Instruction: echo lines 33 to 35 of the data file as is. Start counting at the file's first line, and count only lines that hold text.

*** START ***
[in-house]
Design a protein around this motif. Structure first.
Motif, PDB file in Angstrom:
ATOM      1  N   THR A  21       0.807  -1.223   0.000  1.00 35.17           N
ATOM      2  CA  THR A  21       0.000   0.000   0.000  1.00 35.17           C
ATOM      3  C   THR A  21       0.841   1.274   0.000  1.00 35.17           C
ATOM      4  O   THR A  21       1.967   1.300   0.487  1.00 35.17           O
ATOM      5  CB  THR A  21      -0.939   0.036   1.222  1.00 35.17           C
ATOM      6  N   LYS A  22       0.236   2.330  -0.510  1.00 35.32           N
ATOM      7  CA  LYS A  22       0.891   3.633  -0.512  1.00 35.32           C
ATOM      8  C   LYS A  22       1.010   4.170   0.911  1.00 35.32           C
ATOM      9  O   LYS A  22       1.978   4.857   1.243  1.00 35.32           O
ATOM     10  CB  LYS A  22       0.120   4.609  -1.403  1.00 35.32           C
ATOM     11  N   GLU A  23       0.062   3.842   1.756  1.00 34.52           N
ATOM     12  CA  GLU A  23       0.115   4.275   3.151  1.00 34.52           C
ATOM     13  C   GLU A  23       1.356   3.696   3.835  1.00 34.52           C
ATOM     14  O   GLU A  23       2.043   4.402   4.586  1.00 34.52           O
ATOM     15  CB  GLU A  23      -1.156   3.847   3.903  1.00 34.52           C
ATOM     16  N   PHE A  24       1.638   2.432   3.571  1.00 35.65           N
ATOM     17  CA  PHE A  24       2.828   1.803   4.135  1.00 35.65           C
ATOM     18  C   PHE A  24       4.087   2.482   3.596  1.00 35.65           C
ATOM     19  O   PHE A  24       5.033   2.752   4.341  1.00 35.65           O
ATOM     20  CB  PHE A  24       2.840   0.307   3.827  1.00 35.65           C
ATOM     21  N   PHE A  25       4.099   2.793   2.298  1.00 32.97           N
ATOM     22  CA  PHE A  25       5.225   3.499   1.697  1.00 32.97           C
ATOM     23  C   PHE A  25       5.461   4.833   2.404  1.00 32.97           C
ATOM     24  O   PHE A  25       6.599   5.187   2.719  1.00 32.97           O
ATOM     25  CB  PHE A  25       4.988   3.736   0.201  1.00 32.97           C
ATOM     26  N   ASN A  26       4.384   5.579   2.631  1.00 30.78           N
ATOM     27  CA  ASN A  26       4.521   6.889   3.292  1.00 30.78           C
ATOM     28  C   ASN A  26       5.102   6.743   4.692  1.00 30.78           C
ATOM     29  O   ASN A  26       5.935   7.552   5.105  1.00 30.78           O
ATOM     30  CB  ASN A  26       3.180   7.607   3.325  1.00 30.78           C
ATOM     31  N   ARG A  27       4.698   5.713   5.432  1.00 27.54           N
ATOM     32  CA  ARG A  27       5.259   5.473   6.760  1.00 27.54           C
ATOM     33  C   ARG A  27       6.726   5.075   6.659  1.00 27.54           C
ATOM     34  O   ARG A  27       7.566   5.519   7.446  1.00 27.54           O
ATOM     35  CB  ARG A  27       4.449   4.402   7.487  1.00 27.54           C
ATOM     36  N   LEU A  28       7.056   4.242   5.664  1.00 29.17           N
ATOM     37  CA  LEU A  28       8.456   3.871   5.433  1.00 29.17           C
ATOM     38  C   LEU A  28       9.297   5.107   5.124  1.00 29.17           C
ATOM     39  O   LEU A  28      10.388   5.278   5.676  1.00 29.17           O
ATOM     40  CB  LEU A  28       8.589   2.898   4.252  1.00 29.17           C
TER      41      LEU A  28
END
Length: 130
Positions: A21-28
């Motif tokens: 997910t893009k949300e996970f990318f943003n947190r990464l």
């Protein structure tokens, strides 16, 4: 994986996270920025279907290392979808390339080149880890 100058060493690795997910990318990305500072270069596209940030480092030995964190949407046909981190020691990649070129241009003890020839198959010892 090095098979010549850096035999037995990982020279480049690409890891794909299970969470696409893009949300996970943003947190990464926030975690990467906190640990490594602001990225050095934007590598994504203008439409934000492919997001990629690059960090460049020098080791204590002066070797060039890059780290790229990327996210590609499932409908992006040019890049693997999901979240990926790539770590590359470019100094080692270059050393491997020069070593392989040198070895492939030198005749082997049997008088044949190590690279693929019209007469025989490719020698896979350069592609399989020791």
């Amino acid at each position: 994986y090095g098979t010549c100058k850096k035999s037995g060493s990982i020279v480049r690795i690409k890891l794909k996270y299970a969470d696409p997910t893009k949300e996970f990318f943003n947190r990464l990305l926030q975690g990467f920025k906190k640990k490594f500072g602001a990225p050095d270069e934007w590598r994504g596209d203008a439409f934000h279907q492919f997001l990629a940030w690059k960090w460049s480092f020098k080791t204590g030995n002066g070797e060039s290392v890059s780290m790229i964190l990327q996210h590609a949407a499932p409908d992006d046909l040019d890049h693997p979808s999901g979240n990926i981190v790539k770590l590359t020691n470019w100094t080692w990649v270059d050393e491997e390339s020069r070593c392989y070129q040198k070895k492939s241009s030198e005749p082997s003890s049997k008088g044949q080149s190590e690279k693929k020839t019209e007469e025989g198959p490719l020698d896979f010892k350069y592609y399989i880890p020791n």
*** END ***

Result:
ATOM     30  CB  ASN A  26       3.180   7.607   3.325  1.00 30.78           C
ATOM     31  N   ARG A  27       4.698   5.713   5.432  1.00 27.54           N
ATOM     32  CA  ARG A  27       5.259   5.473   6.760  1.00 27.54           C